...because that would be a very good way to waste a lot of time. First question is "which theory" do you take to be true? Simple Standard Model Higgs or a Supersymmetric Higgs, or even a 2-higgs doublet model without supersymmetry? Next question is what is the mass of the Higgs bosons in your accepted theory? The problem with any unknown model is that there are free parameters which are unknown and so the phase space opens out so fast that it becomes impossible to concentrate any amount of effort on one particular area.

    The other problem is that any effort may be completely wasted. For example Columbus set off to find a passage to India. Had you attempted to set up an Indian spice importing operation before he had returned you would have looked like a complete idiot.

  • by Roger W Moore (538166) on Tuesday March 01, 2011 @03:16PM (#35350644) Journal

    Physics at this level is like abstract mathematics: it exists for its own sake. Practical applications of this physics is like practical applications of number theory: just not in the plan.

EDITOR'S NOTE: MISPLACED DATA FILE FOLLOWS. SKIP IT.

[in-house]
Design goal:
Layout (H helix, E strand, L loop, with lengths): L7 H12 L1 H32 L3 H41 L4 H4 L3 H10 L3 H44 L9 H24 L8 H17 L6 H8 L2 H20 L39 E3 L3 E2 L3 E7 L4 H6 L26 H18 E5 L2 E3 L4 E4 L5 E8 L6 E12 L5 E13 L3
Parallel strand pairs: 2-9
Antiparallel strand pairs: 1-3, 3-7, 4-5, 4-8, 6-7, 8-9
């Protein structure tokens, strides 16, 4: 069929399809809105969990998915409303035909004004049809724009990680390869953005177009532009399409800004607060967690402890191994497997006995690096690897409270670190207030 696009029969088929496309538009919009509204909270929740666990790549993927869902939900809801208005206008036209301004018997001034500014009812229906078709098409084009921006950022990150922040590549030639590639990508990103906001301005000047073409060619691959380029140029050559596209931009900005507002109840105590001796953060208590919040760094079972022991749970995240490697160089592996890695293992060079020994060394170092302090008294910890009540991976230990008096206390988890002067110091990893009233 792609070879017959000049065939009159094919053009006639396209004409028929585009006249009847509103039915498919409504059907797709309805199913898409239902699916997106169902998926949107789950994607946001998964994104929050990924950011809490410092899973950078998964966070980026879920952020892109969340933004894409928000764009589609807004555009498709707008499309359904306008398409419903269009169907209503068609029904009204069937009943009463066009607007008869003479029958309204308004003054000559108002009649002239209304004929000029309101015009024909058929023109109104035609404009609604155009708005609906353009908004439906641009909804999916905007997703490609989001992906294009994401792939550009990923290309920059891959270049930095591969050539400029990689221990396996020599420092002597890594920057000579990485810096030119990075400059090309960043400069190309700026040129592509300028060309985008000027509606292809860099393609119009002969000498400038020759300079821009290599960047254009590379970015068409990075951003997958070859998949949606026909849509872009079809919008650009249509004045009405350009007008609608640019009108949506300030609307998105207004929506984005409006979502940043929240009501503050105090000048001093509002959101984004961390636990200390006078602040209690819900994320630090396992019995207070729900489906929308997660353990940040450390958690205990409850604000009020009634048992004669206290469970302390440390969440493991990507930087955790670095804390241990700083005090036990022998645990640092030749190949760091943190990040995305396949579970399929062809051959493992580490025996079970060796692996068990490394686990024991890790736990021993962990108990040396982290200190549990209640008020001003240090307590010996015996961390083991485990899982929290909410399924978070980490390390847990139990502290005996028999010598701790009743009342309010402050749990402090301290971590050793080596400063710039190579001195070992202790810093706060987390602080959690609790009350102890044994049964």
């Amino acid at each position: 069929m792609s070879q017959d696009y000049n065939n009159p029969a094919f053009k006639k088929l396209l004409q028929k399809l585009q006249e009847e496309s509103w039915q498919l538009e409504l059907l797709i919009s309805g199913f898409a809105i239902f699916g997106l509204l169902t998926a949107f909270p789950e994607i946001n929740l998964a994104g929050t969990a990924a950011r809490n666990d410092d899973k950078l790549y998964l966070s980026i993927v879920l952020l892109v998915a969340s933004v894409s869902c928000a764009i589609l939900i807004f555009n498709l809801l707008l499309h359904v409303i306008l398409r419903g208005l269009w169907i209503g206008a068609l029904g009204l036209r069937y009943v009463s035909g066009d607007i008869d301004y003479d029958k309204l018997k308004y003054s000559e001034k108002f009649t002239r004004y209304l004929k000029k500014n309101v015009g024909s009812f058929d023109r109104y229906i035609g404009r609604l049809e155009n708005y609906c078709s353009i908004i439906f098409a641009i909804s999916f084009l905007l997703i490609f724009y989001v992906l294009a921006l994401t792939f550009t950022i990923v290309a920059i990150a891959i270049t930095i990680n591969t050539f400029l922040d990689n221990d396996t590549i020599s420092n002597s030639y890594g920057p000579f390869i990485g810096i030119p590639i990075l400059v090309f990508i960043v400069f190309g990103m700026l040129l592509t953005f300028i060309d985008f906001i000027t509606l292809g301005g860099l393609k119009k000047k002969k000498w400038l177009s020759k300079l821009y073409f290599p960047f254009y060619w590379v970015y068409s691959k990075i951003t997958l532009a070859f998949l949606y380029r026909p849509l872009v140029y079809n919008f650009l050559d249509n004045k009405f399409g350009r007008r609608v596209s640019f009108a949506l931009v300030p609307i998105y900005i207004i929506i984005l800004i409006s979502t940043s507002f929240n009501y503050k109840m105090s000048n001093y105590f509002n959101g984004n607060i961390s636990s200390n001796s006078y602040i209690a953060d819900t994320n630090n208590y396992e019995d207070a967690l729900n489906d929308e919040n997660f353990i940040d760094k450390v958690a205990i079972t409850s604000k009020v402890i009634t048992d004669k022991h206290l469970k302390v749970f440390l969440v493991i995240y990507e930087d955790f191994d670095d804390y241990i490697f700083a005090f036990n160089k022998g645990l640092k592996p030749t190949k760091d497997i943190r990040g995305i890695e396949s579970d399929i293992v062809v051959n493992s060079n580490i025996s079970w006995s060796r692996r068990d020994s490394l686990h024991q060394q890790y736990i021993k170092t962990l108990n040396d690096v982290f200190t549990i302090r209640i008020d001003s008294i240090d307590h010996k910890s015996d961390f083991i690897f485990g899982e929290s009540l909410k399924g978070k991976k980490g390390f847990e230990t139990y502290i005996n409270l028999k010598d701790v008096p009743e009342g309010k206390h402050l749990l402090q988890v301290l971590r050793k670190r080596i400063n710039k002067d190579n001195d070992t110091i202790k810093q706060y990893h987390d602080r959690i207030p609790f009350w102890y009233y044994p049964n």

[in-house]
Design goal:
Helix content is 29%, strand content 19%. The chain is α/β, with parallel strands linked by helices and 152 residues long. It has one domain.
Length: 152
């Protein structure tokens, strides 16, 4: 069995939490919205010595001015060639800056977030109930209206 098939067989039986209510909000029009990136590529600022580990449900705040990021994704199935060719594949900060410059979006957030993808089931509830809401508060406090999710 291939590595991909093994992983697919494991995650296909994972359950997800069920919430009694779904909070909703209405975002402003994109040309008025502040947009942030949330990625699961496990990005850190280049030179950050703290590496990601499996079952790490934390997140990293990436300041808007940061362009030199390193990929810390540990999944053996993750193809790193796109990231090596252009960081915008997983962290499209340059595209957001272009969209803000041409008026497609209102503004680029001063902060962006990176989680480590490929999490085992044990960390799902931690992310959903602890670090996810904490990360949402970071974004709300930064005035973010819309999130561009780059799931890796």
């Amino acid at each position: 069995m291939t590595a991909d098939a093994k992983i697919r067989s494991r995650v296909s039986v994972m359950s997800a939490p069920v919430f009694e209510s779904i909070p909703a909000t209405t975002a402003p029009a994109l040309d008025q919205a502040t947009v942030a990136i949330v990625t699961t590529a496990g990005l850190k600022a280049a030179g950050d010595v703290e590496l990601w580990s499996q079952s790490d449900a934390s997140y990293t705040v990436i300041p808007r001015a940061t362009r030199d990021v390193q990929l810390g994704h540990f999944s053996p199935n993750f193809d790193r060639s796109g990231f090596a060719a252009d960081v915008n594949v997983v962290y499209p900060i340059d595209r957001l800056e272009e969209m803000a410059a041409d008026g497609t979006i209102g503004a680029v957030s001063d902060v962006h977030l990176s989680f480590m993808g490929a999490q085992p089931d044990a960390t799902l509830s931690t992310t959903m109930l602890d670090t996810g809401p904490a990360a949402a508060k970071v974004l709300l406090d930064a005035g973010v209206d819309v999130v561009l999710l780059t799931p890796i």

Completely wrong. I don't know a single physicist who believes that. The reason we do what we do is because we are curious about the universe and want to find better ways to exploit it...but the first step in that is understanding. Practical applications are always part of the plan. The problem is that since we don't yet know the physics we don't yet know how to use it practically. 100 years ago "Physics at this level" was quantum mechanics which, since you are reading this article on a silicon based device, has turned out to be extremely useful. Of course absolutely nobody at the time could possibly have predicted the development of the integrated circuit from an understanding of quantum mechanics.

    Even today early particle physics detector and accelerator technology is produced better medical imaging and treatment options. Just because we cannot imagine how today's discoveries will be used in 70-100 years form now does not mean that we don't fully expect them to be used for something.